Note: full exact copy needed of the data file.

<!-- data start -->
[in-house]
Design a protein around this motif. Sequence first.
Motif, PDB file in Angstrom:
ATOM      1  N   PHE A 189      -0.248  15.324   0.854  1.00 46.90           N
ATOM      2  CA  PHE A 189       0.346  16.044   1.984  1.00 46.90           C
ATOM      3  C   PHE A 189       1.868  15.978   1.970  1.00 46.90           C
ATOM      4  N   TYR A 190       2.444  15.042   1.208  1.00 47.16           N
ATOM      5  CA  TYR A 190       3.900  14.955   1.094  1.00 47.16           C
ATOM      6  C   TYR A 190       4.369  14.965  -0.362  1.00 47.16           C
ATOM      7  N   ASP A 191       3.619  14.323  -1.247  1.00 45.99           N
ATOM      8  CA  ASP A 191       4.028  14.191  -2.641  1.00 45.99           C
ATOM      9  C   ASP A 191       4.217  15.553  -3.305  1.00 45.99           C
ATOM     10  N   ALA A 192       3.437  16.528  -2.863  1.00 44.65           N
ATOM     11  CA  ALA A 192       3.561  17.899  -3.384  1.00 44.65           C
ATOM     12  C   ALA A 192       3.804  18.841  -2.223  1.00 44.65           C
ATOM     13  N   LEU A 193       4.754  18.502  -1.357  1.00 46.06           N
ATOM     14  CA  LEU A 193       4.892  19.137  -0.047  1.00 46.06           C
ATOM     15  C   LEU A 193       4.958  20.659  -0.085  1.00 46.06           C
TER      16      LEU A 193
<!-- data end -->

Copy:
[in-house]
Design a protein around this motif. Sequence first.
Motif, PDB file in Angstrom:
ATOM      1  N   PHE A 189      -0.248  15.324   0.854  1.00 46.90           N
ATOM      2  CA  PHE A 189       0.346  16.044   1.984  1.00 46.90           C
ATOM      3  C   PHE A 189       1.868  15.978   1.970  1.00 46.90           C
ATOM      4  N   TYR A 190       2.444  15.042   1.208  1.00 47.16           N
ATOM      5  CA  TYR A 190       3.900  14.955   1.094  1.00 47.16           C
ATOM      6  C   TYR A 190       4.369  14.965  -0.362  1.00 47.16           C
ATOM      7  N   ASP A 191       3.619  14.323  -1.247  1.00 45.99           N
ATOM      8  CA  ASP A 191       4.028  14.191  -2.641  1.00 45.99           C
ATOM      9  C   ASP A 191       4.217  15.553  -3.305  1.00 45.99           C
ATOM     10  N   ALA A 192       3.437  16.528  -2.863  1.00 44.65           N
ATOM     11  CA  ALA A 192       3.561  17.899  -3.384  1.00 44.65           C
ATOM     12  C   ALA A 192       3.804  18.841  -2.223  1.00 44.65           C
ATOM     13  N   LEU A 193       4.754  18.502  -1.357  1.00 46.06           N
ATOM     14  CA  LEU A 193       4.892  19.137  -0.047  1.00 46.06           C
ATOM     15  C   LEU A 193       4.958  20.659  -0.085  1.00 46.06           C
TER      16      LEU A 193